Council may be able to find money in the municipal budget to sponsor families — estimated at $27,000 per family — but that's just the tip of the iceberg when it comes to all the things to consider, particularly in a rural place like Whistler, with no established Syrian community, few Arabic speakers, limited resources and few cultural connections to their homeland."These people are coming with... certainly mental health issues, mental health trauma and probably physical issues as well," said Stretch. "This is not a short-term thing to help these families. This is long term, and I think that's something that really needs to be taken into account."
Whistler is set up to help immigrants find jobs and homes; refugees need different kinds of support, more specialized and certainly services in their own language.
Stretch is cautious when asked if it's a good thing for Whistler to sponsor Syrian refugees.
"I think we absolutely need to respond to what's happening," she said. "I also think we need to think through how we respond and whether sponsoring families to actually come to Whistler is the best response for those involved.
"We have settlement services. We have a big immigrant community in Whistler, it's over 10 per cent of the population and so we support immigrants all the time. What we don't have in Whistler is the specialist services that refugees typically require... So I think we just need to think about that in terms of Whistler."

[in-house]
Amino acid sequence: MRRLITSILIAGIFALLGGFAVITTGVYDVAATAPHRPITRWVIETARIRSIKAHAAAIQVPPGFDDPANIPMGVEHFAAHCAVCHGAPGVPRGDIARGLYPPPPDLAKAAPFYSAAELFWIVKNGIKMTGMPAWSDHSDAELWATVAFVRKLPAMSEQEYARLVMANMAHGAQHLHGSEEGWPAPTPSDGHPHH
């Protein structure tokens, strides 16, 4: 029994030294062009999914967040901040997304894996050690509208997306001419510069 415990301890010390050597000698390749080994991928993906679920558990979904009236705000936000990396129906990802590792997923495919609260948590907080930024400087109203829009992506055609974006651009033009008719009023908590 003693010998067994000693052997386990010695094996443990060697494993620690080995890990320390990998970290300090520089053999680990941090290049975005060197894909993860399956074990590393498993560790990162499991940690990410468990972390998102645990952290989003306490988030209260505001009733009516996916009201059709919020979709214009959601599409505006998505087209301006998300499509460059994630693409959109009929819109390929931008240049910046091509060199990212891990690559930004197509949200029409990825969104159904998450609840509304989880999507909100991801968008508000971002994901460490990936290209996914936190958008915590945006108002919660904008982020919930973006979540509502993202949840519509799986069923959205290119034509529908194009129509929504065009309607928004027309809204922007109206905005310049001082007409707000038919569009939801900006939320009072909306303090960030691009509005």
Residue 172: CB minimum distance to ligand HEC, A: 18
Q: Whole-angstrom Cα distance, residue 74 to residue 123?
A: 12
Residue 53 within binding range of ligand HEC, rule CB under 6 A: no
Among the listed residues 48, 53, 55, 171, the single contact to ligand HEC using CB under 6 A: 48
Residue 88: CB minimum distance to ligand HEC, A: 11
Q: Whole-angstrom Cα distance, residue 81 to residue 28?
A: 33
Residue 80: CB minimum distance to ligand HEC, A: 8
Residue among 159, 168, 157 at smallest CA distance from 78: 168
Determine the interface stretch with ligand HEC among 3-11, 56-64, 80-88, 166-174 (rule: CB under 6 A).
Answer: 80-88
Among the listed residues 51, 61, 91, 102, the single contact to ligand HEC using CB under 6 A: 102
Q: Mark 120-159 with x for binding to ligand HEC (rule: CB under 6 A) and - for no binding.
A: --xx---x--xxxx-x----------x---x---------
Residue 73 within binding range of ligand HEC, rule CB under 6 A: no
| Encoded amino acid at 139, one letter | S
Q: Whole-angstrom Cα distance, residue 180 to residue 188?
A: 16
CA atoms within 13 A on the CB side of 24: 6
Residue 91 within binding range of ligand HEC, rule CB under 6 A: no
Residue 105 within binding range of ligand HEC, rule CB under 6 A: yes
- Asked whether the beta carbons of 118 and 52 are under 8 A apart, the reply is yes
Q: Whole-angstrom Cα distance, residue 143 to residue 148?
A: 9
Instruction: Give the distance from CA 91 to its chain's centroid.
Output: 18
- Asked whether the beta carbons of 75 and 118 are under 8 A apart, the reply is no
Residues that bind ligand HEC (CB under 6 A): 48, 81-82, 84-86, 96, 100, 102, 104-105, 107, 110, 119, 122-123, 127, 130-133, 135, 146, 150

The Whistler Multicultural Network is ready to come to the table for the discussion.
Still, the conversations have now begun.
Senator Nancy Greene Raine, who was in Whistler for the 40th anniversary celebrations on Sunday Sept. 6, said the mayor's challenge to communities in Canada to welcome refugees almost brought her to tears.
Speaking at the invitation-only ceremony, honouring three long-standing community volunteers (see page 14 for story), Greene Raine told the audience and the mayor: "You got it absolutely right on. If we all work together we can change things. So thank you, on behalf of myself, for taking the initiative, and the council, to do something, to say to senior levels of government 'we need to work together, we need to do it now.' So these are things that Whistler does. Whistler looks around and sees what needs to be done and makes a way for it to happen."